Western Ukraine's Lviv... "Little Paris"
Located in Eastern Europe, Ukraine is one of the largest countries on the European continent. It has often been referred to as "the breadbasket of Europe." There's much to explore in Ukraine but certain areas of the country presently aren't safe for traveling. Ukraine no longer requires a visa for entry so if you're arriving by train from nearby border countries like Poland, Slovakia, or Romania a good place to begin your journey is in the beautiful city of Lviv which resembles a smaller version of "Paris, France."
Yes there's Prague in the Czech Republic, Budapest in Hungary, Belarus in Romania and Krakow in Poland and these enchanting cities in Eastern Europe have millions of tourists visiting each year. However Lviv in western Ukraine has it's own uniqueness and those that have the opportunity to visit Lviv aren't disappointed. With a population of nearly 724,000 inhabitants the cultural and historical city of Lviv is a very walkable city. I have a special fondness for Lviv because my mother was born in Lviv and spent her early years of life living in Lviv. She still has a special place in her heart for Lviv.
Begin your tour of Lviv at the Market Square (Rynok). Located in the center of historic Lviv the area of the square extends by eight streets with two at each corner. You can climb over 400 steps to the tower at the Lviv City Hall. There's no shortage of museums in Lviv, there's a total of sixty museums to be exact. Not to be missed is the "Under the Black Eagle Pharmacy Museum." Inside this museum is the oldest operating pharmacy in Ukraine. In existence since 1735 the front room of the museum is the functional dispensary where the tour begins. atlasobscura.com/places/under-the-black-eagle-pharmacy-museum
Europe's beloved opera houses exist in all the grand cities of Europe and the Lviv Opera House with its magnificent architecture is almost as grand as those in Milan, Paris, and Vienna. Built in 1901 the Lviv Opera House is a cultural oasis of extraordinary talent performing in front of large audiences. opera.lviv.ua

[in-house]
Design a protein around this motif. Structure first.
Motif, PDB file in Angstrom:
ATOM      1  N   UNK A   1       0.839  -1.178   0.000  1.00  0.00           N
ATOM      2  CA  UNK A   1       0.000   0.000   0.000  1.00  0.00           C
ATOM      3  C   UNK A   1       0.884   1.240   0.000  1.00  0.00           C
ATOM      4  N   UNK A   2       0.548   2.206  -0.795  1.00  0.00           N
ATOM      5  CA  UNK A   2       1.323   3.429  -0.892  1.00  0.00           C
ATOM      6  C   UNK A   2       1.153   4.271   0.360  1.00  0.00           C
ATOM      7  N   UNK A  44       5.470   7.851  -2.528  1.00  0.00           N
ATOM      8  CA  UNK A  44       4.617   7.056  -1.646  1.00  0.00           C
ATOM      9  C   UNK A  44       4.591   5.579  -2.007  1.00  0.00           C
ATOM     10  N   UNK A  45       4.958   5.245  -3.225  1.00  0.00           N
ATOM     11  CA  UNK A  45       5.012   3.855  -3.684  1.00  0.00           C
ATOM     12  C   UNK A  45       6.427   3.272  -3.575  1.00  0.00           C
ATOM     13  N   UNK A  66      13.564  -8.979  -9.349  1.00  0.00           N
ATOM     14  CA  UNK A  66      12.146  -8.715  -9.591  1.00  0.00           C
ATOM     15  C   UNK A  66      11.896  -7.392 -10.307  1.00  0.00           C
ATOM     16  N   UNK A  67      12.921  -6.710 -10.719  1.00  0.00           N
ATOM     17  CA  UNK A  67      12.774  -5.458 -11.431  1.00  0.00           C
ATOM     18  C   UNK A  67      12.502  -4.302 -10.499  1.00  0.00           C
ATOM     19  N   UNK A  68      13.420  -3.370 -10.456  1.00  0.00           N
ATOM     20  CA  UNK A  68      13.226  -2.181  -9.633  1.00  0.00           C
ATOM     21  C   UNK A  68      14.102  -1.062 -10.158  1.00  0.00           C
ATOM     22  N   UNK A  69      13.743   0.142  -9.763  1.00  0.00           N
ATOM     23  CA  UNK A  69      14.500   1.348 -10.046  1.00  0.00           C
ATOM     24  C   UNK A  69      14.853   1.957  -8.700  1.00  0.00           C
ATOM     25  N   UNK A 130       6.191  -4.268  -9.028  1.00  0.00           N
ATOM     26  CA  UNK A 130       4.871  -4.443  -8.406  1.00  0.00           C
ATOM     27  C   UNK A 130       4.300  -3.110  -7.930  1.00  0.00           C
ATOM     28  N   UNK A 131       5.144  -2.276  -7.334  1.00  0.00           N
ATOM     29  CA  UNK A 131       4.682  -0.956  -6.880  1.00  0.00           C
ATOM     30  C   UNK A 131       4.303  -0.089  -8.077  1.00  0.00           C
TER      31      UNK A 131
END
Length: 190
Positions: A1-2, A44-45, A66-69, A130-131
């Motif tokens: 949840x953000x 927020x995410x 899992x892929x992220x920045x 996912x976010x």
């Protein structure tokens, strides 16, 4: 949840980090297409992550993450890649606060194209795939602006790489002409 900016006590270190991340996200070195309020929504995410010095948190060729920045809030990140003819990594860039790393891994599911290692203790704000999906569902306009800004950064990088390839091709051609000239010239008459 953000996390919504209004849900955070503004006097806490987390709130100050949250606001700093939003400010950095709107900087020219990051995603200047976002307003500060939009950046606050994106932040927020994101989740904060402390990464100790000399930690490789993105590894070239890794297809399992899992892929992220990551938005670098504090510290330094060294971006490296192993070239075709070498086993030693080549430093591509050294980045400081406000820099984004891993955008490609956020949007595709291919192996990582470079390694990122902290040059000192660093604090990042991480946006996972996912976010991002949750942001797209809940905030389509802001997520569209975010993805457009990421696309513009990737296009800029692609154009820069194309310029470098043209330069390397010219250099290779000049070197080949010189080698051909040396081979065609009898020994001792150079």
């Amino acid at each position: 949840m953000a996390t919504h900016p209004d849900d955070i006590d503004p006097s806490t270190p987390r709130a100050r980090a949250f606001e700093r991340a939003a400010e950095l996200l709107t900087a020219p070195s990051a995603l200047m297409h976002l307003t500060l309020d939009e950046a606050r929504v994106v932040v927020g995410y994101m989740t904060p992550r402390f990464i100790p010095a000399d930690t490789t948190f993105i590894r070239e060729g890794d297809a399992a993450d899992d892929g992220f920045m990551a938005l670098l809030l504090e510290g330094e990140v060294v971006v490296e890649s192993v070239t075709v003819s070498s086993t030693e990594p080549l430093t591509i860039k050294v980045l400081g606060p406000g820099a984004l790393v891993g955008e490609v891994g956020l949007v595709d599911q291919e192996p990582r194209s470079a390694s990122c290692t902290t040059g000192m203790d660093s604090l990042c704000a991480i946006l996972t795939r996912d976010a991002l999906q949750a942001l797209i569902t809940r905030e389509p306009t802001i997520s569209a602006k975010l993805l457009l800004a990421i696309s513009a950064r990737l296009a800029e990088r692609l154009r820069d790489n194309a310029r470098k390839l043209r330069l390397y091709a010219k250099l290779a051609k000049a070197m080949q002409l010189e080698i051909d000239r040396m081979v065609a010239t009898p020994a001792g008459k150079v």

Buses are available to transport you through Lviv but walking the cobblestone streets is the best way to really feel the sense of the old architecture and to immerse yourself in the local culture. You'll discover small cafe's, churches, shops, street performers, and vendors and almost think you've stumbled across a "little Paris." After all the walking and sightseeing you can follow the fragrant scent of coffee beans to a quaint cafe and enjoy a cappuccino with a delectable pastry.
Before leaving Lviv, take a short walk to Lviv High Castle and see views of the city below from the highest point in the city. A two to three day visit to Lviv will leave you with fond memories and not too far from Lviv are the lovely Carpathian Mountains an excellent area to visit for hiking lush green mountains and breathing fresh country air.
Places to stay in Lviv:
Citadel Inn, a former fortress is now a five star hotel.
Chopin Hotel offers elegance and is located near the Opera House.
On the Square Guesthouse is conveniently located on central square.
Popular Coffee Shops in Lviv:
Coffee Manufacture, sip on coffee and eat mouth watering desserts in a one of a kind atmosphere.
Svit Kava, enjoy lovely cakes with tasty coffee drinks.
Good Restaurants for Ukrainian Food:
Baczewski Restaurant is one of the best in town serving well prepared cuisine.
Kryivka, say the password upon entering and enjoy authentic Ukrainian food with honey vodka.
Seven Piggies is a bit away from the city center but is known for tasty local cuisine.
SPOTLIGHT ON PIEROGIES (VARENYKY)
Ukrainians love their varenyky (pierogies) the way Japanese love their sushi and the Italians their pasta. I grew up on these delicious dumplings filled with mashed potatoes and cheese, or sauerkraut. Pierogis's have been in existence since the 13th century. It's a work of art to make the perfect dough and shape the pierogi's in a way that the filling stays inside. Pierogi's are boiled in hot water and than served with fried onions, mushrooms, and dill. Some people love topping pierogi's with sour cream. Pierogi's can also be fried once they're cooked in the boiling water.